Novak creates Open history
Novak Djokovic returned to his dominant best to win his third consecutive Australian Open title, denying Andy Murray a second major championship with a 6-7 (2/7), 7-6 (7/3), 6-3, 6-2 victory Sunday night at Rod Laver Arena.
The top-ranked Djokovic is the first man in the Open era to win three straight Australian titles -- nine others have won back-to-back but were unable to win three in a row.
"I love this court," Djokovic said. "It's definitely my favourite Grand Slam. It's an incredible feeling winning this trophy once more."
He has won four of his six majors titles at Melbourne Park, where he is now unbeaten in 21 matches.
Born a week apart in May 1987 and friends since their junior playing days, the two played like they knew each other's game very well in a rematch of last year's US Open final won by Murray. There were no service breaks until the eighth game of the third set, when Djokovic finally broke through and then held at love to lead by two sets to one.
Djokovic earned two more service breaks in the fourth set, including one to take a 4-1 lead when Murray double-faulted on break point.
The 25-year-old Serb didn't rip his shirt off this time, as he did to celebrate his epic 5-hour, 53-minute win over Rafael Nadal in last year's final. He just did a little dance, looked up to the sky and then applauded the crowd after the 3-hour, 40-minute match.
Murray's win over Djokovic in the US Open final last year ended a 76-year drought for British men at the majors, but he still is yet to make a breakthrough in Australia after losing a third final here in the last four years.
Djokovic's win went against the odds of recent finals at Melbourne Park. In four of the past five years, the player who won his semifinal second has won the tournament. But this year, Djokovic played his semifinal on Thursday -- an easy three-set, 89-minute minute win over No. 4-seeded David Ferrer. Murray needed five energy sapping sets to beat 17-time major winner Roger Federer on Friday night.
The win consolidated Djokovic's position as the No. 1-ranked player in the world, while Federer and Murray will be second and third when the ATP rankings are released Monday.
Their last two matches in Grand Slams -- Murray's five-set win at last year's US Open and Djokovic's victory here last year in five in the semifinals -- had a total of 35 service breaks.
It was a vastly different, more tactical battle on Sunday, with the first two tight sets decided in tiebreakers.
Murray, who called for a trainer to retape blisters on his right foot at the end of the second set, was visibly annoyed by noise from the crowd during his service games in the third set, stopping his service motion twice until the crowd quieted down. After dropping the third set, he complained about the noise to chair umpire John Blom.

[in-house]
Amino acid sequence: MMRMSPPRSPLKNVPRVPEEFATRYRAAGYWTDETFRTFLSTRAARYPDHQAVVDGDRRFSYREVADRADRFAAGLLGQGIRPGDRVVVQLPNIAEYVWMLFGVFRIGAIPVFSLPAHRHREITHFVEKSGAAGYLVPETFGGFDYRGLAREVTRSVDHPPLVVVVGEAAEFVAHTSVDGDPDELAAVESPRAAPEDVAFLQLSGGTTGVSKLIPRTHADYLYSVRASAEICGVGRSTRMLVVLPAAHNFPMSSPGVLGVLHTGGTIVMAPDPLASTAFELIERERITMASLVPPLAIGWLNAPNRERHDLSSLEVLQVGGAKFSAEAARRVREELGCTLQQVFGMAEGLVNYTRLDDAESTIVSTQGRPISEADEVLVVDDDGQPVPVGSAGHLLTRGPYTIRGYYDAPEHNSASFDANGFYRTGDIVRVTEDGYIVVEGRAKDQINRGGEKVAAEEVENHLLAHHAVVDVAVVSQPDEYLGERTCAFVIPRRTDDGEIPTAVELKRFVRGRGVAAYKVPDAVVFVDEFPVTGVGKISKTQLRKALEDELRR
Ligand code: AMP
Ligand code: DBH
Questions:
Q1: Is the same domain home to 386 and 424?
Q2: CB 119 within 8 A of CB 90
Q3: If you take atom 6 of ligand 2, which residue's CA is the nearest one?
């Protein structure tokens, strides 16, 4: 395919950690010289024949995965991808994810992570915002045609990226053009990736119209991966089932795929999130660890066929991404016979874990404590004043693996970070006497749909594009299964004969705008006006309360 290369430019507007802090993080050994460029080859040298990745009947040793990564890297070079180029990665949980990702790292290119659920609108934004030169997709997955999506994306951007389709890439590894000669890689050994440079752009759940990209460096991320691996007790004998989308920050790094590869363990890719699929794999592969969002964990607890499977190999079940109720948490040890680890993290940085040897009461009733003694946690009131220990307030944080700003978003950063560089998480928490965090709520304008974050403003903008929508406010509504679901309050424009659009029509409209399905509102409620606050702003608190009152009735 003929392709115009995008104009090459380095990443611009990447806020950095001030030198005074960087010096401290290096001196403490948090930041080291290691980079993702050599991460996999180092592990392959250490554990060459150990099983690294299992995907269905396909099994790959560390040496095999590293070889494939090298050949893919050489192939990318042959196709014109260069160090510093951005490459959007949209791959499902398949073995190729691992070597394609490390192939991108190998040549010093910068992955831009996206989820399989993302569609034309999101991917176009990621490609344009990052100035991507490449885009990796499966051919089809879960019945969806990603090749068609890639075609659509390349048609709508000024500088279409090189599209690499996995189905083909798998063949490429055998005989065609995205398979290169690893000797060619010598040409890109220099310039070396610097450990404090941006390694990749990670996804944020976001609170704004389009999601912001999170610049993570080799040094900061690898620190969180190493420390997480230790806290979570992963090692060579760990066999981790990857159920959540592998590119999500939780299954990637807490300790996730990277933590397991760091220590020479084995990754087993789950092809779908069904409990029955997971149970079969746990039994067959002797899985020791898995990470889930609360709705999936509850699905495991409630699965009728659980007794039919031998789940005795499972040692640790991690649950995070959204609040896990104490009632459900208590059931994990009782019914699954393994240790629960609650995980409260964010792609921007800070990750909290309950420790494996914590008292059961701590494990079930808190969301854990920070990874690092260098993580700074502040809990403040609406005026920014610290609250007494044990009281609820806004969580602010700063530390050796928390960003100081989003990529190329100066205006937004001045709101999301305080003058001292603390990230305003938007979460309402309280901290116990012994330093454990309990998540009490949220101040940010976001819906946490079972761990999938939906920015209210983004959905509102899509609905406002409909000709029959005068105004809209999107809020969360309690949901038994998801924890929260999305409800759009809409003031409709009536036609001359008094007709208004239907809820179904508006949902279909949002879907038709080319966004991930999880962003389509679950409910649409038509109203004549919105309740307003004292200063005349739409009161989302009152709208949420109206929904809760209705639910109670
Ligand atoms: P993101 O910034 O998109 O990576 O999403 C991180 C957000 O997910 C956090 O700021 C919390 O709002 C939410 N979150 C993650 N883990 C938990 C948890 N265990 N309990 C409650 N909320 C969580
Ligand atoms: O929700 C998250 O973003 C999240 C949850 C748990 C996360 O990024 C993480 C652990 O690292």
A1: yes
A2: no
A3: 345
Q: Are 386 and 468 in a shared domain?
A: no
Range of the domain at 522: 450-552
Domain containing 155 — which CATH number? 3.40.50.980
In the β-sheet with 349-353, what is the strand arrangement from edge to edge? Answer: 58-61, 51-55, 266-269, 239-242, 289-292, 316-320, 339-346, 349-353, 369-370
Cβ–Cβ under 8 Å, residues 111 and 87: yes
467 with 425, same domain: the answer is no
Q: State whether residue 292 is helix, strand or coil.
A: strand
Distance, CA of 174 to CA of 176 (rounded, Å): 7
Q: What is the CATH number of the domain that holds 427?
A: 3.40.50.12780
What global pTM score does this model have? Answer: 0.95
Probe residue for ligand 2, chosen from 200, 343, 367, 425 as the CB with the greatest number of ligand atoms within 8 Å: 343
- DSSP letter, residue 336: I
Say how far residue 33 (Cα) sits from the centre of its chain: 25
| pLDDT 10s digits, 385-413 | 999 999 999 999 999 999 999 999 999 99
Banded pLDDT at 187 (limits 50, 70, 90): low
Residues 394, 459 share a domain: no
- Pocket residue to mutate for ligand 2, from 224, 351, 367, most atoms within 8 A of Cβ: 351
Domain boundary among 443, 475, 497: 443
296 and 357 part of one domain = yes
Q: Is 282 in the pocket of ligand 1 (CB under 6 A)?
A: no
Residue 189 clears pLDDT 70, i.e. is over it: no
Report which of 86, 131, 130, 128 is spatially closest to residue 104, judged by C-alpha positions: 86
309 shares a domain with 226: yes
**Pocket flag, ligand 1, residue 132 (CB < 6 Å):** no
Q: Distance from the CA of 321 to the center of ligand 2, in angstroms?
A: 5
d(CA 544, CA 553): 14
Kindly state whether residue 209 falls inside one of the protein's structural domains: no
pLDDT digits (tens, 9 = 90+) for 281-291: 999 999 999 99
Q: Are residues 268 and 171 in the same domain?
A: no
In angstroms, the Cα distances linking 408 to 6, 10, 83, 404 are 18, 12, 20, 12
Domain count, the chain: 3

Djokovic also appeared frustrated at times, kicking the ball football-style back over the net after he hit a forehand long during a lengthy point, and muttering to himself while sitting down in his chair during changeovers. But both players were guilty of making unforced errors, often ending long rallies with shots into the net or long.
Murray's fans came dressed for the occasion, with some wearing "Braveheart"-style wigs, Scottish flags painted on their faces and tartan caps. One group of men wore white T-shirts with black letters that spelled out A-N-D-Y; they serenaded Murray at the start of the first two sets.
There were a number of Serbian shirts, caps and flags in the stadium, as well as fans calling "Ajde!" or "Come on!" in Serbian to support Djokovic. Retired NBA basketball star Vlade Divac was sitting in Djokovic's box.
Djokovic looked agitated after failing to convert the break points in the first set, frequently looking up to his box and yelling at the members of his team and himself.
Although Djokovic went into the match with a 10-7 lead in head-to-heads, Murray had beaten Djokovic five out of eight times in tiebreakers, and that improved to six of nine after four unforced errors by Djokovic to end the first set.
Djokovic pegged back that edge in the second set, when Murray also didn't help his cause by double-faulting to give Djokovic a 3-2 lead, and the Serbian player didn't trail again in the tiebreaker. He leveled the match after nearly 2 hours, 15 minutes.
Andre Agassi was among those in the capacity crowd at Rod Laver Arena -- the four-time Australian champion's first trip Down Under in nearly 10 years -- and he later presented the trophy to Djokovic.